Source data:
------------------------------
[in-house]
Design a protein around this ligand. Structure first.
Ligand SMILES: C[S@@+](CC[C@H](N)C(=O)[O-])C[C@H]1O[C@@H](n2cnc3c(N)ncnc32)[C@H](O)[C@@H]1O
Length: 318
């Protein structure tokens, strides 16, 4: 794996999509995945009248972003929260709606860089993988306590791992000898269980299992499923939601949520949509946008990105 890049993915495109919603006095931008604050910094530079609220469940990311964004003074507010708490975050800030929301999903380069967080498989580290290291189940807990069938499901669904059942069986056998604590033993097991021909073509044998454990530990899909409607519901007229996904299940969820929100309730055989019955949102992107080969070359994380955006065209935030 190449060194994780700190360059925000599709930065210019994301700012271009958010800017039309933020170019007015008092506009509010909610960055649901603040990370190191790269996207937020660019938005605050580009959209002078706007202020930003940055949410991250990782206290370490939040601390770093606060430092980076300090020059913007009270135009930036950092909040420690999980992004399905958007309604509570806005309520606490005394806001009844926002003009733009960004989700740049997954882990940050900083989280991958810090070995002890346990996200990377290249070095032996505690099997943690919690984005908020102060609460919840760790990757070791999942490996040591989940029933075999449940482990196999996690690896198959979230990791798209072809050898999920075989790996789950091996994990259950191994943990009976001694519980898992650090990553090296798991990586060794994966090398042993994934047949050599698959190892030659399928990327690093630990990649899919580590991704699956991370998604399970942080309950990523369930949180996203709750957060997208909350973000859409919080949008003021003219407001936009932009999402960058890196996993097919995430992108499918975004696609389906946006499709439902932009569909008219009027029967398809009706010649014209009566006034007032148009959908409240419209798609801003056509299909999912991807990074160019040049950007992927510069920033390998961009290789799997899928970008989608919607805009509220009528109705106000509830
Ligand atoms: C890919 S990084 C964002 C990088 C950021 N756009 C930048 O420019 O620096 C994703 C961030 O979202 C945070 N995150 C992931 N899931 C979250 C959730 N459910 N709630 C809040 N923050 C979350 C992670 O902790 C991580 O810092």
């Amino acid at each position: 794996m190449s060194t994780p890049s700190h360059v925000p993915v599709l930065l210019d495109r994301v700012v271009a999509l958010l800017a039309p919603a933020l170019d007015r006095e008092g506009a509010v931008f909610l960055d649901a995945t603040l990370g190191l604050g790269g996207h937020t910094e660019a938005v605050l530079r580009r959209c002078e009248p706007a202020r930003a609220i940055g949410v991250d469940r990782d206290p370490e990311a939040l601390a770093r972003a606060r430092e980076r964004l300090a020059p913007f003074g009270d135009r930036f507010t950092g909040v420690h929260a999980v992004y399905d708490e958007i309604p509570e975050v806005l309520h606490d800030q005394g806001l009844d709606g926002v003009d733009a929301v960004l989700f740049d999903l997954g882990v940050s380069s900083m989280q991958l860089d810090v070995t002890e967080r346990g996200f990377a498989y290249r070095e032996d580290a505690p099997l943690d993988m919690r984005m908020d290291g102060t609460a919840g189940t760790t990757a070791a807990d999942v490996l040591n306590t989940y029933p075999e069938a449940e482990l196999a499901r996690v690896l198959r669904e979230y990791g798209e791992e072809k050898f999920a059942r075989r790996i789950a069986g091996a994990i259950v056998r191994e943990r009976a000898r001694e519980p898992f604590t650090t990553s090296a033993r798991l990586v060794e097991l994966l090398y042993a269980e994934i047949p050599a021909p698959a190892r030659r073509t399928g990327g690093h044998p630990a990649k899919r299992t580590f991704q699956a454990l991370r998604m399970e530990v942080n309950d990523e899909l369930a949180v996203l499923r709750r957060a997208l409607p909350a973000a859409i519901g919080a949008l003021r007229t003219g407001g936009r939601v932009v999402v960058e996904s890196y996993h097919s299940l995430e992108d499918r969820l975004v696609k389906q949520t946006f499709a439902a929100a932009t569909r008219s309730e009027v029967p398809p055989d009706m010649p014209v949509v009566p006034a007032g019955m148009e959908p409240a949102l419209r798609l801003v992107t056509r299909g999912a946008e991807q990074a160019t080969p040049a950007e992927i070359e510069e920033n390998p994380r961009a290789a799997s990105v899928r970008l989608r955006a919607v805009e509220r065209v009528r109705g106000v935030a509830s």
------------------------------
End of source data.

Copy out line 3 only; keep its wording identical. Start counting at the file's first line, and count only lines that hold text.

Ligand SMILES: C[S@@+](CC[C@H](N)C(=O)[O-])C[C@H]1O[C@@H](n2cnc3c(N)ncnc32)[C@H](O)[C@@H]1O